Construction output plunged 21.9% in November 2009 compared to the same month a year ago, according to preliminary data from the Bulgarian National Statistical Institute (NSI) published on January 11. Construction of buildings dropped 28.3% while civil engineering was down 8.5%. Because buildings account for the lion’s share (62.3%) of total construction output, their decline weighed heavily on the overall Construction Production Index.

Total construction output in November 2009 was down 10.7% compared with a month earlier. Building construction fell 12.5% and civil engineering slipped 7.5% from the month earlier.
For the first 11 months of 2009, construction output declined 13.8% compared to the same period of 2008. Building construction was 18.6% weaker and civil engineering was down 2.8%.




Analysis and Forecast: Increasing Risk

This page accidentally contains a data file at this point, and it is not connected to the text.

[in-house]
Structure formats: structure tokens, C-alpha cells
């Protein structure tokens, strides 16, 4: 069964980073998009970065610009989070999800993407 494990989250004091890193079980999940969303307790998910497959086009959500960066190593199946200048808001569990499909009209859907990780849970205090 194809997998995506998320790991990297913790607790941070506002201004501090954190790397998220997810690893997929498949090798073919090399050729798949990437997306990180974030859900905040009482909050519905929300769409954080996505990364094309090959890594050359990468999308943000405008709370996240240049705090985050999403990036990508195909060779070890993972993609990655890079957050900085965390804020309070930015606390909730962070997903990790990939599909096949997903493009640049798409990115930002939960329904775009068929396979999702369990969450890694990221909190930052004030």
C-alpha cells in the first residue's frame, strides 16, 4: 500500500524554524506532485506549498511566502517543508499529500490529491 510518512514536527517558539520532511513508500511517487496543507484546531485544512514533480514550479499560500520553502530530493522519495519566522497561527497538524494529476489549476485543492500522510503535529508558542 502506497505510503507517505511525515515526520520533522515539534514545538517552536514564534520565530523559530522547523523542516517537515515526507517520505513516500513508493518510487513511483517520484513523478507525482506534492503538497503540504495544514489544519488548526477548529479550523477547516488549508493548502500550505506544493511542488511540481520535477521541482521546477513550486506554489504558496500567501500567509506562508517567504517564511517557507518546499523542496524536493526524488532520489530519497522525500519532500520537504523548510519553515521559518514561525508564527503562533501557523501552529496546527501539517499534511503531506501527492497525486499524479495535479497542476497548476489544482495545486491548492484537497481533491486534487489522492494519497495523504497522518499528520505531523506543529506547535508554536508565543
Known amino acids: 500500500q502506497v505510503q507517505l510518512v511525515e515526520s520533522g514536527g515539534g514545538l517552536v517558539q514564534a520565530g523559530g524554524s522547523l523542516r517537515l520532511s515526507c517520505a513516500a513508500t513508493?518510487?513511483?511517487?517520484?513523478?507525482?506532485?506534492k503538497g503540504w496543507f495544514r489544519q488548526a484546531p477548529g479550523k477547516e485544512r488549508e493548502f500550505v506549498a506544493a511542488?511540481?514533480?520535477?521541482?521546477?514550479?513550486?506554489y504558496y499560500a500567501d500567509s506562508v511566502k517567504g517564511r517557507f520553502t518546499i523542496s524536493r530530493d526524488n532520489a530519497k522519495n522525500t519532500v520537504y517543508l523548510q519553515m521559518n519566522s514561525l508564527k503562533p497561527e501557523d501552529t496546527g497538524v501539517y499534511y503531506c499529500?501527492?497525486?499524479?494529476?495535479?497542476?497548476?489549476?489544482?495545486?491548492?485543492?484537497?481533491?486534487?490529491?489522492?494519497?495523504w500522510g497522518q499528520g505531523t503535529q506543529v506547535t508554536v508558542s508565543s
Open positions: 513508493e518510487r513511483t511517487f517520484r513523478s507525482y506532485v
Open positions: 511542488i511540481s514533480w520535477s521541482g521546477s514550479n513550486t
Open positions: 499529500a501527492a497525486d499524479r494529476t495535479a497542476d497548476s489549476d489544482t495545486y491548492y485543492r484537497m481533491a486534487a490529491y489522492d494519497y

Overall construction output in Bulgaria reached a three-year low in November, according to NSI’s preliminary data. The downward trend since July was no surprise since the building boom of 2007 and 2008 ran out of steam during the first half of 2009. In addition, the collapse of the real estate market and the ongoing economic downturn presented serious difficulties for builders.  

Residential real estate construction decreased substantially in 2009, hit hard by a nearly 70% decline in foreign direct investment. The losses in the residential sphere were partly compensated by public investment in infrastructure projects, power engineering, and other projects in big cities. The NSI data clearly shows that the slump in civil engineering, which includes public infrastructure projects, is not as serious as in building construction. However, civil engineering is a much smaller sector.

Bulgaria’s construction sector will probably continue to slow down in the first half of 2010 as foreign investors continue to withdraw from the real estate market. Many residential and non-residential construction projects are already frozen, especially in the largest cities. The ability of Bulgarian authorities to make proper use of EU funds will be very important for assuring more civil engineering projects, which could stabilize the construction sector in a time of crisis.